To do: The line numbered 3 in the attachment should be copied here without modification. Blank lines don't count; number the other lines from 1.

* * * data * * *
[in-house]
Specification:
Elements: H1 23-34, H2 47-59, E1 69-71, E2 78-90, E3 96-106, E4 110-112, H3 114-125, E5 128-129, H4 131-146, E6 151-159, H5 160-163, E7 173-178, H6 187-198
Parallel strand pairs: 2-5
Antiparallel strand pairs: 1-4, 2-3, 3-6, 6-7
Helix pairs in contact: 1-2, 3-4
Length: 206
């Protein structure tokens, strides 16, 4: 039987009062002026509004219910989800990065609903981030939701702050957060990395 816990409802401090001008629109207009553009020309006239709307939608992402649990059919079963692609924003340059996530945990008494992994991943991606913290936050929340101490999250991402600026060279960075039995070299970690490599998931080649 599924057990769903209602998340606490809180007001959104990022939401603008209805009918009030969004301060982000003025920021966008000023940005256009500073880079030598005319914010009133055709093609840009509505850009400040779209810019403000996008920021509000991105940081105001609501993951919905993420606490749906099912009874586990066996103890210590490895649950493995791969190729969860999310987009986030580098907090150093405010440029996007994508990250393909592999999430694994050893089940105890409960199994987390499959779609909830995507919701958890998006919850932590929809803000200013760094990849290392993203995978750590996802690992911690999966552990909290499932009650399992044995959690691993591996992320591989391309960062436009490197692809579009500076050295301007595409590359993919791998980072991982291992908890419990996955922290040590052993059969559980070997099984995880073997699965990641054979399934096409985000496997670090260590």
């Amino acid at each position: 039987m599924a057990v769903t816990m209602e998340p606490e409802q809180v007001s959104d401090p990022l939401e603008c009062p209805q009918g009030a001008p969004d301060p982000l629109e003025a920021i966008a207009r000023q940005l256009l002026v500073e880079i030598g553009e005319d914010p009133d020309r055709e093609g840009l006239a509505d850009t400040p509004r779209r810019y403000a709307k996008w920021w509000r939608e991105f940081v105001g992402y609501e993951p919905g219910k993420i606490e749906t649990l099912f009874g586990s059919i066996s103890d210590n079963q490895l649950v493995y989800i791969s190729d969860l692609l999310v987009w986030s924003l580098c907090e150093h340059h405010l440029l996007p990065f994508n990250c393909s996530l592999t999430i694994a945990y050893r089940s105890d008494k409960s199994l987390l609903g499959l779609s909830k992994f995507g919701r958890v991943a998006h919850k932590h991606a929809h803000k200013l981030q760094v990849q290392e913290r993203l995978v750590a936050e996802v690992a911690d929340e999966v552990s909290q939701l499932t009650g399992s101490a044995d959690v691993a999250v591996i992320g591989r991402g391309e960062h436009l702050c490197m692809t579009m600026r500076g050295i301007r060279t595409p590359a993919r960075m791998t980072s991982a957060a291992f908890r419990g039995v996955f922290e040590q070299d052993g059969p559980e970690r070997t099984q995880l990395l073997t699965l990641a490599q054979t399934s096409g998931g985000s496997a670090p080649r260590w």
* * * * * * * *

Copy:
Elements: H1 23-34, H2 47-59, E1 69-71, E2 78-90, E3 96-106, E4 110-112, H3 114-125, E5 128-129, H4 131-146, E6 151-159, H5 160-163, E7 173-178, H6 187-198